Around the beginning of December 2019, the first cases of coronavirus disease 19 (COVID-19) were detected in Wuhan city, Hubei province (China).
Since then, the virus started spreading in different countries, with the first COVID-19-related death detected in Italy on 21st February 2020 in the municipality of Vo’, a small town near Venice, Italy (Figure 1). In response, mass swab testing was initiated, and the regional authorities declared the whole municipality under lockdown for 14 days. This is how Vo’ became the perfect place to study the transmission dynamics of SARS-CoV-2.
What did we do?
- Detection of infection prevalence and assessment of the impact of lockdown
On the same day of the detection of SARS-CoV-2 in a deceased resident of Vo’ on 21st February 2020, we conducted an epidemiological study to investigate the prevalence of SARS-CoV-2 infection in the entire village. Oro-nasopharyngeal swab samples were collected at two consecutive time points (on 21-29 February and 7 March) from 86% and 72% of the population, respectively (Figure 2).
To better understand the mechanism, features and drivers of the infection, we also collected information on the demography, clinical presentation, hospitalization and contact network of the population.
The analysis of the swabs using RT-PCR, revealed a prevalence of the infection of 2.6% in the first time point, that decreased to 1.2% after the lockdown (second time point). Interestingly, of all infected individuals, 42.5% were asymptomatic, meaning that they did not report any symptom at the time of the swab test, nor afterwards.
A mathematical model allowed to estimate an overall prevalence of the infection of around 5%, which could have increased up to around 86% in the absence of the lockdown, thus highlighting the impact that mass testing and the lockdown had in controlling the epidemic.
- Variation of antibody levels over time, efficiency of contact tracing and within-household transmission
With the COVID-19 outbreak declared as a global pandemic by the World Health Organization (WHO) on March 11th 2020, it became pivotal to learn more about the ability of the immune system to develop antibodies and assess their levels and duration. This is why we conducted a second study, in the same population, using commercial immuno-assays detecting antibodies against the spike (S) and nucleocapsid (N) antigens as well as neutralisation assays . 78% of the Vo’ population took part in the study in May 2020, and 156 (6%) of the positive individuals were tested again in November 2020. Swab tests were also performed to detect new infections or potential re-infections.
Where does transmission occur?
We developed a mathematical model to predict the chance of SARS-CoV-2 infection being caught by a household member, accounting for the probability of contracting the infection outside the household. We found that there were about 1 in 4 chances that SARS-CoV-2 transmission occurred within the household, and the probability of within-household transmission decreases with larger household sizes. Moreover, around 80% of transmission could be attributed to 20% of the infections, suggesting that a small number of infections act as super-spreaders while most infections generate no (or a small number) of new infections.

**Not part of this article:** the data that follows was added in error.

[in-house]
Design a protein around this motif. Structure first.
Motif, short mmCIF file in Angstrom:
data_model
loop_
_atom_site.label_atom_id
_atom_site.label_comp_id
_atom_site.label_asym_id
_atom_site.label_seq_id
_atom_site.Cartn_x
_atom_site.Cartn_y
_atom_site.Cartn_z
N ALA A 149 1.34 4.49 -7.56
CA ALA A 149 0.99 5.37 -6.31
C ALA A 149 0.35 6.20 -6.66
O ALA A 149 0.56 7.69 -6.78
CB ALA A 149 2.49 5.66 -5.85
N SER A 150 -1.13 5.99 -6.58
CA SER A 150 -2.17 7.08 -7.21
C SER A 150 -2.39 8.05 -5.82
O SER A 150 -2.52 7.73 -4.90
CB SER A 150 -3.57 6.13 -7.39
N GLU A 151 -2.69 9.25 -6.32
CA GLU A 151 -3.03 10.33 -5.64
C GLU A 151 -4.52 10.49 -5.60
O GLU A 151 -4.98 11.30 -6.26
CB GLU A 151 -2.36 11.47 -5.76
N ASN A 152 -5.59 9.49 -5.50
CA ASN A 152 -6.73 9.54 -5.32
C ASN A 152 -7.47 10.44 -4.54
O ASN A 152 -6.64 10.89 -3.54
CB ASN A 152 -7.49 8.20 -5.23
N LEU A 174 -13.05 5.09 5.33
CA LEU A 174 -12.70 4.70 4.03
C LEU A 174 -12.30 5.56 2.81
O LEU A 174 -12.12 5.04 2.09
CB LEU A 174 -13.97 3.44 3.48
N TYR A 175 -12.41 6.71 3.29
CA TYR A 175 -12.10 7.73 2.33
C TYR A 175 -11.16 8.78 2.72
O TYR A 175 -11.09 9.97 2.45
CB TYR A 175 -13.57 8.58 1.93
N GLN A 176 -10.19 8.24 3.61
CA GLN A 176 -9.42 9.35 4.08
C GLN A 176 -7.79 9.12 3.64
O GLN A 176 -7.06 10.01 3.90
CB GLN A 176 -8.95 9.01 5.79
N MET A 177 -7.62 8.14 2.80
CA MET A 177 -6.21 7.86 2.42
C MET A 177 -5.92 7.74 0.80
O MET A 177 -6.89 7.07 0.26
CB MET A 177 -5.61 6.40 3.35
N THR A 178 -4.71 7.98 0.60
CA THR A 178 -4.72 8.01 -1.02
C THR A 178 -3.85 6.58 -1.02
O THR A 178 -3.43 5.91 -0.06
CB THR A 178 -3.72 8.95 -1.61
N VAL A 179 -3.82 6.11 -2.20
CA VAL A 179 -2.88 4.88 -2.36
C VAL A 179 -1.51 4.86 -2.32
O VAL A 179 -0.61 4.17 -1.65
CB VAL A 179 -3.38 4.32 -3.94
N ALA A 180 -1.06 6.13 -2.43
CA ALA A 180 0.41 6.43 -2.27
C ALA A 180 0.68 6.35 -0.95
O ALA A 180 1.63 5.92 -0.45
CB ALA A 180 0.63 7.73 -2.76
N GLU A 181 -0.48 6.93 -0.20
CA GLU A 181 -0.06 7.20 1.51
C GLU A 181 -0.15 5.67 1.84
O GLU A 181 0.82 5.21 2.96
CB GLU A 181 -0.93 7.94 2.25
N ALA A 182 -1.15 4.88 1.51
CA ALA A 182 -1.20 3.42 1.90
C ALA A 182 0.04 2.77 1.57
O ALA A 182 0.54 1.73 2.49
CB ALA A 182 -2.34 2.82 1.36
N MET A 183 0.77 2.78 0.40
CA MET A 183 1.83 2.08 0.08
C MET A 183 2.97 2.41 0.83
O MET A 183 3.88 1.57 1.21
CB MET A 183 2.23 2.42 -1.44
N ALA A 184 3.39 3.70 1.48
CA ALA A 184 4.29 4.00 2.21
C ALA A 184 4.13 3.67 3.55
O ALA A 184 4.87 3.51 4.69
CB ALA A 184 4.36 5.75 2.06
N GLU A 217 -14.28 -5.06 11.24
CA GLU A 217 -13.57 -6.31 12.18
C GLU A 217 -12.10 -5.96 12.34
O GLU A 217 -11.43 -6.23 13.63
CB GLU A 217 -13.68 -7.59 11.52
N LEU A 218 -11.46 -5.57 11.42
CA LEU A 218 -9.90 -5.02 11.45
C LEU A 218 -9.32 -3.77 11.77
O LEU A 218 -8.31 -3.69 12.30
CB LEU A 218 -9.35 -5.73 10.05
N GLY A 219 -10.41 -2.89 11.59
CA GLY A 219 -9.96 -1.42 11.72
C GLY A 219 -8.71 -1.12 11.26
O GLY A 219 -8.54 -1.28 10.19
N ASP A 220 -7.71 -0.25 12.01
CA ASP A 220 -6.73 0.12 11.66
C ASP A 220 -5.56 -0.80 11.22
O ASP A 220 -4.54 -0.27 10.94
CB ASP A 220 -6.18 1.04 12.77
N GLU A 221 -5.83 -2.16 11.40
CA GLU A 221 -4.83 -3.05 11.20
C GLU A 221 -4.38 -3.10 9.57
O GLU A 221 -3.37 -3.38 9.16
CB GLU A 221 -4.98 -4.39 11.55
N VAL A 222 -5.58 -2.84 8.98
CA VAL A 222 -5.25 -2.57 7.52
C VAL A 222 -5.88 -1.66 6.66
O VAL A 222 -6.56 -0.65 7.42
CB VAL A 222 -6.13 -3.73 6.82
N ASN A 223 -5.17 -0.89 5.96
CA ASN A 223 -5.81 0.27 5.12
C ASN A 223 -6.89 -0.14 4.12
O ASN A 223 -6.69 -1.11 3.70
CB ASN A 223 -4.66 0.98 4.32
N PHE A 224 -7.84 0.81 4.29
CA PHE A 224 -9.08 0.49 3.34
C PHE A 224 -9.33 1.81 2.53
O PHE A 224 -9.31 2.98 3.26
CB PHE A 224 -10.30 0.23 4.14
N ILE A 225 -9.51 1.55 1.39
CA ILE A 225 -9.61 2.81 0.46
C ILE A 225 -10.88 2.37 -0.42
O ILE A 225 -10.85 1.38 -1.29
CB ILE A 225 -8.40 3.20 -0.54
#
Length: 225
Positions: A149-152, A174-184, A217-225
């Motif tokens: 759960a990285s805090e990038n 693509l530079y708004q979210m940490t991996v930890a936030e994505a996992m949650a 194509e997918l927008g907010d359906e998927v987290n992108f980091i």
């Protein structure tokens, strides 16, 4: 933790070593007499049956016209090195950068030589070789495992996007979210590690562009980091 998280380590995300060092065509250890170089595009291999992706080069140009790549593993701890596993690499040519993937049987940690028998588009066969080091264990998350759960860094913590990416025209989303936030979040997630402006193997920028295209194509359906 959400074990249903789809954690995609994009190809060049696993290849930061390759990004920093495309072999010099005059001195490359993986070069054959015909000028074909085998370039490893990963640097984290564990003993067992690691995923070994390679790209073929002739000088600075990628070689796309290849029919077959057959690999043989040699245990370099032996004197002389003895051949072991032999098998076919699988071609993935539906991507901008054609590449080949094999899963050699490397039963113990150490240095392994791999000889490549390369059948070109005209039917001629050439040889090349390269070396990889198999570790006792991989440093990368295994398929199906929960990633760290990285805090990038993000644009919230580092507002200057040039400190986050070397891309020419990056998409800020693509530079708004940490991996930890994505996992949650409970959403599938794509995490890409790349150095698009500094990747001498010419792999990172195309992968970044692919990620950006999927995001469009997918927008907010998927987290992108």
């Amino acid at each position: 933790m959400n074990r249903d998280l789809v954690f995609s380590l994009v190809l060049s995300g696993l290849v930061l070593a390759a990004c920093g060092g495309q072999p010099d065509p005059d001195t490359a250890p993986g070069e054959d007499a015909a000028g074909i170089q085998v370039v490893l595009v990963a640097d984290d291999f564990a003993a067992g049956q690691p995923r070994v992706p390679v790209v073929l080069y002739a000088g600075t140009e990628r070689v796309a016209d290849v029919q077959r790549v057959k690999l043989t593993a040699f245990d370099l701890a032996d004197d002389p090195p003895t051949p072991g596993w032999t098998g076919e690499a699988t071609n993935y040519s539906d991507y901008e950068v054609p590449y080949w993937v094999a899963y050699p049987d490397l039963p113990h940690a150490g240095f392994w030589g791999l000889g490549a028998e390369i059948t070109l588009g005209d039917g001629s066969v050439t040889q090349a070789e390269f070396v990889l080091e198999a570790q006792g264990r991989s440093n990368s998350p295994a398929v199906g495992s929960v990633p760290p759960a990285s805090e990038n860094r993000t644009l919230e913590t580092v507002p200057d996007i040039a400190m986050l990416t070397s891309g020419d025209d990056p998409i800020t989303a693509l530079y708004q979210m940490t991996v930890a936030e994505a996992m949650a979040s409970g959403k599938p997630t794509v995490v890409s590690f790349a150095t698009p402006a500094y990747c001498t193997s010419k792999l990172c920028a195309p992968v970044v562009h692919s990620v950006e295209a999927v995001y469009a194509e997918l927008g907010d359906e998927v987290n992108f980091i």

Would contact tracing have been sufficient as a containment strategy to limit the epidemic in Vo’?
We linked the official contact tracing records compiled independently by the local health authorities with the dataset including the infected individuals identified in our surveys and estimated that 44% of the PCR positive subjects were detected by contact tracing while 23% of the traced subjects were PCR positive (Figure 4). We explored a counterfactual scenario – i.e., what would have happened to the epidemic dynamics in the absence of mass testing and lockdown and using contact tracing instead – and found that contact tracing would have had a limited impact of the epidemic final size. These results highlight the importance of mass testing and lockdown in controlling the epidemic.
What did we learn about antibody levels?
The use of different immune-assays on the same samples brought to light how individual-level discrepancies on assay results can lead to different seroprevalence estimates at the population level. We found a general decrease in antibodies and viral neutralisation between May and November, using all assays. Nevertheless, 98.8% of tested individuals were still positive to at least one serological assay in November, confirming the persistence of SARS-CoV-2 antibodies for at least 9 months. Moreover, a marked increase in antibodies or neutralisation titres could be observed in 18.6% of individuals (red lines Figure 5 (i-j)), associated with known or likely re-exposure to the virus. We found no association between antibody levels and disease severity, but we observed significant differences of antibody titres according to age group and BMI (Body Mass Index). By linking together the serological data collected with the different assays in May 2020, a prevalence of 3.5 % of SARS-CoV-2 infected individuals was estimated.
To learn more about our study, read the full article:
To be continued...
Since the persistence of anti-SARS-CoV-2 antibodies is still unknown, we are following-up this cohort with periodic serological screenings, the last one performed in early June 2021.
With the advent of vaccines and the concomitant emergence of new viral variants, more efforts are needed for evaluating the immune response to vaccines in naïve and previously exposed individuals, so stay tuned to learn more about the updates.